Brazil’s right wing has gotten ahead through a series of dirty tricks. The 2015 impeachment of Workers Party (PT) president Dilma Rousseff, pushed through despite the absence of any “crime of responsibility,” is the most notorious example. Now, through similarly slick manuevers, they’re seeking further restrictions on reproductive rights. This, in a country where already one woman dies from a clandestine abortion procedure every nine minutes.
Currently, abortion is legal only in particular cases, such as when there’s a direct threat to the life of the pregnant person, or when the pregnancy results from rape. It’s these exceptions that the conservative and Evangelical parliamentary front is seeking to destroy. Through a variety of proposed bills and amendments, they may eliminate the right to abortion completely.
One proposal sought to establish conception as the moment when life begins. But that was taking too long, so the front decided to push their agenda through a different bill, called PEC 181, which would extend maternity leave for mothers of premature babies.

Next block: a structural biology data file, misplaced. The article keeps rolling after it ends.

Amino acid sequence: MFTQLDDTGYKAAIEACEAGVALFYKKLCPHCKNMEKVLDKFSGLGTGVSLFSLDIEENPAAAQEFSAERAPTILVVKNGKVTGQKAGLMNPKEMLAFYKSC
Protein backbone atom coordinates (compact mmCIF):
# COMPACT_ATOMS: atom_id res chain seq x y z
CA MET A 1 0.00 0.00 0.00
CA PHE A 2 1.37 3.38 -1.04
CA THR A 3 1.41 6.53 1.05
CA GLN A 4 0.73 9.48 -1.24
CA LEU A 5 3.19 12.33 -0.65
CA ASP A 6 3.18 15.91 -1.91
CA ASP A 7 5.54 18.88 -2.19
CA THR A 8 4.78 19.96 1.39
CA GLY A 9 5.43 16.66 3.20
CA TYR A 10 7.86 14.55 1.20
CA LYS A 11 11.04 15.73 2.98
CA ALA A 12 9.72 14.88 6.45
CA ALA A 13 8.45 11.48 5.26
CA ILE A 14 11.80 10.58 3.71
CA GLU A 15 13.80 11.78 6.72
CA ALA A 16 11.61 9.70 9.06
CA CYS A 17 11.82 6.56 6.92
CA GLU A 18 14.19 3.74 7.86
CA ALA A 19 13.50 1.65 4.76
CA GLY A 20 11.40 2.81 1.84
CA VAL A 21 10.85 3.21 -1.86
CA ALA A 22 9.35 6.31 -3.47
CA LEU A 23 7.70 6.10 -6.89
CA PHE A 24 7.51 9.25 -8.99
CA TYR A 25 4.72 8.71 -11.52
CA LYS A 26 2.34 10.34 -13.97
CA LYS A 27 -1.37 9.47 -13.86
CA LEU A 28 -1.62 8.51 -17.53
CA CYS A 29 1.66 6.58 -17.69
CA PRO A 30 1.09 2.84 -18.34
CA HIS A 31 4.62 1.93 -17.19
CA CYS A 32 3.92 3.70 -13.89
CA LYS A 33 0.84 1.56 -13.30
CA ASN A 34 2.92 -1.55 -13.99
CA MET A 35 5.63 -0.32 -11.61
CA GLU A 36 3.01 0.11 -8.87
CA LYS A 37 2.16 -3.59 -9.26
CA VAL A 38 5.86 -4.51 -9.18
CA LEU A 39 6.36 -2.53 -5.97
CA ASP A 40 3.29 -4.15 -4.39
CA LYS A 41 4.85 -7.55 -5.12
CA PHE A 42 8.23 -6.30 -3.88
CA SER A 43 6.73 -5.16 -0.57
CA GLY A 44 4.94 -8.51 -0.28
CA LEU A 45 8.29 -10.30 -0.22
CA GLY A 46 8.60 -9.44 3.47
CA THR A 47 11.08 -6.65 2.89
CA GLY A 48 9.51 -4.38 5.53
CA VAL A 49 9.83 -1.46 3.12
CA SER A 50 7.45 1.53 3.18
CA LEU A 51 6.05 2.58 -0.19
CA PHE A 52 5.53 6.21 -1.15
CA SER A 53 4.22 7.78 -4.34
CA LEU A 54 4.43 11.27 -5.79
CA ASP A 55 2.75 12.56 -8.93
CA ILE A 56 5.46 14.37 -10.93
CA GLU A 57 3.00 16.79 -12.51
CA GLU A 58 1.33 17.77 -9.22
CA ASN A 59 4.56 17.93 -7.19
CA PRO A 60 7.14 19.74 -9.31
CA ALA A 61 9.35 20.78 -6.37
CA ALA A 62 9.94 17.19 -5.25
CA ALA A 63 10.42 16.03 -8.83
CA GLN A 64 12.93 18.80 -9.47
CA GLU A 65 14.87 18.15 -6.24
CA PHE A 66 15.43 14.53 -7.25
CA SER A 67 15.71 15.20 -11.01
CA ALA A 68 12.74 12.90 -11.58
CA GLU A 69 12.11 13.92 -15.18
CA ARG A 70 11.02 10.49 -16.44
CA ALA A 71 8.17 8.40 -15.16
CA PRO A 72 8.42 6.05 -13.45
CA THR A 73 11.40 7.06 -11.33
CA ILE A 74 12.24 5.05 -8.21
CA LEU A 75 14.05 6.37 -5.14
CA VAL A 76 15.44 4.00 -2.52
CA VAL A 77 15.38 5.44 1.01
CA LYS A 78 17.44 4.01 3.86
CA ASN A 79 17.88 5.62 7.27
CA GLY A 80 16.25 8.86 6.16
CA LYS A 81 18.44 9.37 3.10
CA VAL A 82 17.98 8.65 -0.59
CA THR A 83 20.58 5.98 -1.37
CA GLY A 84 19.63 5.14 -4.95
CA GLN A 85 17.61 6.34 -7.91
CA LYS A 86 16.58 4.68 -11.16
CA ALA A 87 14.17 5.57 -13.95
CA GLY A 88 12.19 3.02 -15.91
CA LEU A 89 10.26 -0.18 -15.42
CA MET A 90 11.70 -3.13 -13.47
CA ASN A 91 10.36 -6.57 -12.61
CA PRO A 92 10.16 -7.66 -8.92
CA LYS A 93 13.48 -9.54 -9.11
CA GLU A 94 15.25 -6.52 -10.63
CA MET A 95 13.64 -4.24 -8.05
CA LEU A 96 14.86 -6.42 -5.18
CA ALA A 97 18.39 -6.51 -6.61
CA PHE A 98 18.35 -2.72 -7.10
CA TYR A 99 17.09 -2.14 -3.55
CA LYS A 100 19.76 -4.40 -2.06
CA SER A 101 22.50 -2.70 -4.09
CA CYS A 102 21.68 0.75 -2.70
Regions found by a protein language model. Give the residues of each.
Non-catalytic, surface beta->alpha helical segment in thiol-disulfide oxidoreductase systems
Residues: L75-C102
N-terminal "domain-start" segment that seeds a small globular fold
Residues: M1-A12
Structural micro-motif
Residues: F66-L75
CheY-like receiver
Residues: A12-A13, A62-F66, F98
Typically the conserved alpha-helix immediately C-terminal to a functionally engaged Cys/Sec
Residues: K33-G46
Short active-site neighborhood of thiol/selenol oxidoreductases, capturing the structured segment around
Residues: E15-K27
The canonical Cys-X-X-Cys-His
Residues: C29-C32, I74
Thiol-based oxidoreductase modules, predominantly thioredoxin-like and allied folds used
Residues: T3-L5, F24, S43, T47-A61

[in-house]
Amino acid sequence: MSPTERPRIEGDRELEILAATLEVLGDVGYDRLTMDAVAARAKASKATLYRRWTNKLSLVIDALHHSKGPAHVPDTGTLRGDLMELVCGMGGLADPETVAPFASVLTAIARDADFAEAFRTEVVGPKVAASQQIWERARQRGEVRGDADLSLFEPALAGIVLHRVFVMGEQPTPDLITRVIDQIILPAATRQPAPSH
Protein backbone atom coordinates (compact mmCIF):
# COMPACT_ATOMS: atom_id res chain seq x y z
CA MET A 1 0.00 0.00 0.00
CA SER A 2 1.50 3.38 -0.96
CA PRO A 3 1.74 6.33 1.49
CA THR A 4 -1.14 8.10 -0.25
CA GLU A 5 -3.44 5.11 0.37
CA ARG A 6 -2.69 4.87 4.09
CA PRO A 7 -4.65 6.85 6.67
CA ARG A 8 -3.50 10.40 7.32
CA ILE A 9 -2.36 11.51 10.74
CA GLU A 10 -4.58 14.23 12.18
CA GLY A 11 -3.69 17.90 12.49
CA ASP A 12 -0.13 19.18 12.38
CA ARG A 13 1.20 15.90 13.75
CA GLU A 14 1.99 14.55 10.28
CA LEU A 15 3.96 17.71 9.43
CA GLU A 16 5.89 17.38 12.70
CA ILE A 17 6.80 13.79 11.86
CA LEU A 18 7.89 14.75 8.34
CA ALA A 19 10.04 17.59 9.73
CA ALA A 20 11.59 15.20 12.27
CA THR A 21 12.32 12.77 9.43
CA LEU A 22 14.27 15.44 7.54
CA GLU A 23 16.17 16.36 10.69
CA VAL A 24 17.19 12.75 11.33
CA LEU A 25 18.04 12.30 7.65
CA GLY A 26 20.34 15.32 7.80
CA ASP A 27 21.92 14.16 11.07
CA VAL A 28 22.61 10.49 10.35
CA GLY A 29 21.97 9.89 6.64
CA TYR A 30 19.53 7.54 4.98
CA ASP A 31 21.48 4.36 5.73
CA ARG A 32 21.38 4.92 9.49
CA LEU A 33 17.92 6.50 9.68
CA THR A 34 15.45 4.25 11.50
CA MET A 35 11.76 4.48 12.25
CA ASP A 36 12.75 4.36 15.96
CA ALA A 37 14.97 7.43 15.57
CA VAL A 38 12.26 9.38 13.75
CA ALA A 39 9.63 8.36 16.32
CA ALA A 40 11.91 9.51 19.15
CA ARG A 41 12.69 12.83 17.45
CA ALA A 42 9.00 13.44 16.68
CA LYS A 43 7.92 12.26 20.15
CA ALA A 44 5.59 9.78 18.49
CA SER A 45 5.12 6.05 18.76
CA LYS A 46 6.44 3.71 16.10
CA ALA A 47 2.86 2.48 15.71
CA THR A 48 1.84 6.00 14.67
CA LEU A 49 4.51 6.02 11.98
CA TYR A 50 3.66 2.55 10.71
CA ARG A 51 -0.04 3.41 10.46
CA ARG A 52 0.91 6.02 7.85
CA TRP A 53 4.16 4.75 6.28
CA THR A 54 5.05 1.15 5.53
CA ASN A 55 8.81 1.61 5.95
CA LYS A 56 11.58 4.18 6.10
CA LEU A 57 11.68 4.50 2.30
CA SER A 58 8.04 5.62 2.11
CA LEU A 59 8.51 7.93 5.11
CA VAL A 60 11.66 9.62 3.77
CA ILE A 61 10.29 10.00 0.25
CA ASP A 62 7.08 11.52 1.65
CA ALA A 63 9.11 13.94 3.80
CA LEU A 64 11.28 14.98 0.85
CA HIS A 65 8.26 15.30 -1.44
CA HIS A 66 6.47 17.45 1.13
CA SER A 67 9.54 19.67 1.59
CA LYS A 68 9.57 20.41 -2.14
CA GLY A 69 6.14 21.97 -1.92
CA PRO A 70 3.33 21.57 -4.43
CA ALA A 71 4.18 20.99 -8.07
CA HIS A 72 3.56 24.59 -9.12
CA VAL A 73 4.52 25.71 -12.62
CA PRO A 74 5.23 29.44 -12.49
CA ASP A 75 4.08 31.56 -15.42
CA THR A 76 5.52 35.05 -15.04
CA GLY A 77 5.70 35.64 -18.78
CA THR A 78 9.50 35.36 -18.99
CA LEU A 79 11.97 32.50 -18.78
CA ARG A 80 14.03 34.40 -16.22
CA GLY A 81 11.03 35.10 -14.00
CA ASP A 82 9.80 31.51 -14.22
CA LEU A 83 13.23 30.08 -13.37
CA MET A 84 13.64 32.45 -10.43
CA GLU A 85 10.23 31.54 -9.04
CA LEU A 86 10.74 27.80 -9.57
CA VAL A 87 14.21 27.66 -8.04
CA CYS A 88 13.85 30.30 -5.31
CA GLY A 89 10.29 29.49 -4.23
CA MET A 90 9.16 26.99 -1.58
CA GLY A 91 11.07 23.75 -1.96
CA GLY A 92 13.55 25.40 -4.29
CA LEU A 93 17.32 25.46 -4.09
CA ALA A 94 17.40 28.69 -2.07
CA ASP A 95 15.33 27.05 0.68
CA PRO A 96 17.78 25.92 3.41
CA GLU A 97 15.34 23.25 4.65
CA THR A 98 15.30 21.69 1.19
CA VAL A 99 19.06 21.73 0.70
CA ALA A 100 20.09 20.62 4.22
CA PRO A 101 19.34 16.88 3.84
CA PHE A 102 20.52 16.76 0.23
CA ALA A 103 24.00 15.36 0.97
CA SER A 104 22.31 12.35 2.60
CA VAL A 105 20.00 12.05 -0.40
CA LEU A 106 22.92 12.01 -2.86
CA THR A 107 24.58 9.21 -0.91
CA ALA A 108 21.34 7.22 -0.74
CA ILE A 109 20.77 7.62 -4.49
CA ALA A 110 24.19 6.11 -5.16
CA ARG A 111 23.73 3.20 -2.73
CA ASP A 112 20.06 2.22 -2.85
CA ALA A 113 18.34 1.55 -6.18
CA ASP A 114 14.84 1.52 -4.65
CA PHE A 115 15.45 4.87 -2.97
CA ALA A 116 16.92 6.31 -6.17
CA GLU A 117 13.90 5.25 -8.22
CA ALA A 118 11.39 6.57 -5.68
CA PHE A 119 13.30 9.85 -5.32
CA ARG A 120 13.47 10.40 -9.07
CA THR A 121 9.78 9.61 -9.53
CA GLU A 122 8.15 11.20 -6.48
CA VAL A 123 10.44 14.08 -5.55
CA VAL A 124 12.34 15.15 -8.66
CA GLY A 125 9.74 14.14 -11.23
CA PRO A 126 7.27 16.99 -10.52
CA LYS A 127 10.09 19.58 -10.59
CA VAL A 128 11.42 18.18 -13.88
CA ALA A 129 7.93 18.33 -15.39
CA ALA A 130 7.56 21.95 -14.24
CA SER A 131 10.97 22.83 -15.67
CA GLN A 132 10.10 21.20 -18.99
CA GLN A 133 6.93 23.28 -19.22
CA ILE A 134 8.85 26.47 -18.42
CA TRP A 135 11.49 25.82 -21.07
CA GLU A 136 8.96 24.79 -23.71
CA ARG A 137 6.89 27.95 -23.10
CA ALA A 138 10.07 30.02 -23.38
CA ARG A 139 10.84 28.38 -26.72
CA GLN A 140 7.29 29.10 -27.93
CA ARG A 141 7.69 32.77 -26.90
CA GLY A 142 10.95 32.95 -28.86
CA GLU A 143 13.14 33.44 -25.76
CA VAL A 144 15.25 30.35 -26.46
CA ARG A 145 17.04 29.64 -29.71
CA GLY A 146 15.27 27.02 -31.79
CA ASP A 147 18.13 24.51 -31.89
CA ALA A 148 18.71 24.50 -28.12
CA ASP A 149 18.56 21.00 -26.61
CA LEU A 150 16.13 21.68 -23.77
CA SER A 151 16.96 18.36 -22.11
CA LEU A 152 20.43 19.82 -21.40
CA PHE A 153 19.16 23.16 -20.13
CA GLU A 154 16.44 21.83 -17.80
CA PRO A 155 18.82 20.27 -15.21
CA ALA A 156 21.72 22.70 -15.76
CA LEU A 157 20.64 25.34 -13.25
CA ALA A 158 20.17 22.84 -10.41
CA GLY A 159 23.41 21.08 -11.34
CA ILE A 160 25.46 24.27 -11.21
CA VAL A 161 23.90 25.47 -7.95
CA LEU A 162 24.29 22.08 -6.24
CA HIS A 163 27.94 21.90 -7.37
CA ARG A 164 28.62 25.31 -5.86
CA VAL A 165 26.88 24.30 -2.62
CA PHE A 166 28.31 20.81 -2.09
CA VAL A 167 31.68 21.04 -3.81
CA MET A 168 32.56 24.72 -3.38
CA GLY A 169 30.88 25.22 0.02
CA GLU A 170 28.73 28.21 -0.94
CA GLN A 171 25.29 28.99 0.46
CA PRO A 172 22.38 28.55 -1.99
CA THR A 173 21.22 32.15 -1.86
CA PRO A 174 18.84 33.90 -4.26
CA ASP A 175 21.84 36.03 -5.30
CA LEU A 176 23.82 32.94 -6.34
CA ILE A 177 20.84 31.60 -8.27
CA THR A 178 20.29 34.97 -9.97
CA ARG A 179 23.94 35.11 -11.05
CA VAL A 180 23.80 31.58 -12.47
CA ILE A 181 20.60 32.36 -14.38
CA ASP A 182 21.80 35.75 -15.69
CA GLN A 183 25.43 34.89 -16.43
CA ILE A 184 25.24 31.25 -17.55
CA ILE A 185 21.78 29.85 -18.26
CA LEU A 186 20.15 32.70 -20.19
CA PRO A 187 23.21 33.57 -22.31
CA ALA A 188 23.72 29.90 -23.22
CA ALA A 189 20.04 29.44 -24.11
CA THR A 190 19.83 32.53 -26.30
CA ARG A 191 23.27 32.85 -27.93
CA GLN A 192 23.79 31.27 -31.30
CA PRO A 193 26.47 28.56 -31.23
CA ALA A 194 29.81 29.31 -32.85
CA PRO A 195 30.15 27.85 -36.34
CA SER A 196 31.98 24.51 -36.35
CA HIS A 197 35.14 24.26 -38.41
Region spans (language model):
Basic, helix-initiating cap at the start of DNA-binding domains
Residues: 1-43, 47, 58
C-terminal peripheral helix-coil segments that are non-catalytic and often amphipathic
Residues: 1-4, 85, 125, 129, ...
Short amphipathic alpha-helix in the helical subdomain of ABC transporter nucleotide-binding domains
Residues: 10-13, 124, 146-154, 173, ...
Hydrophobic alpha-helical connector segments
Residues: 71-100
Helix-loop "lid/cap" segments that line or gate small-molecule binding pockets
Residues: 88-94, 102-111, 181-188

The tactic was simple: find a bill that women of all political visions will support, work directly with the women involved, create an emotional narrative about the connection between a mother and her child, and insert, somewhere in there, what’s known in Brazil as a “turtle” clause: a provision snuck into a separate, unrelated bill. If the bill is time sensitive, the “turtle” clause might get pushed through without due public debate.
Eduardo Cunha, the previous parliamentary leader, who also drove Rousseff’s impeachment, is responsible for writing the anti-abortion turtle clause in PEC 181.
So far, this strategy has made some headway. But in seeking to eliminate the right to abortion altogether, conservatives may have overreached. Women in Brazil are ready to fight for the few reproductive rights they still have left.
The Family Front
The Evangelical church is the major social force driving Brazilian conservatives’ political project. Brazil is still the most Catholic country in the world, but the Catholic population has fallen while the Evangelical community has grown.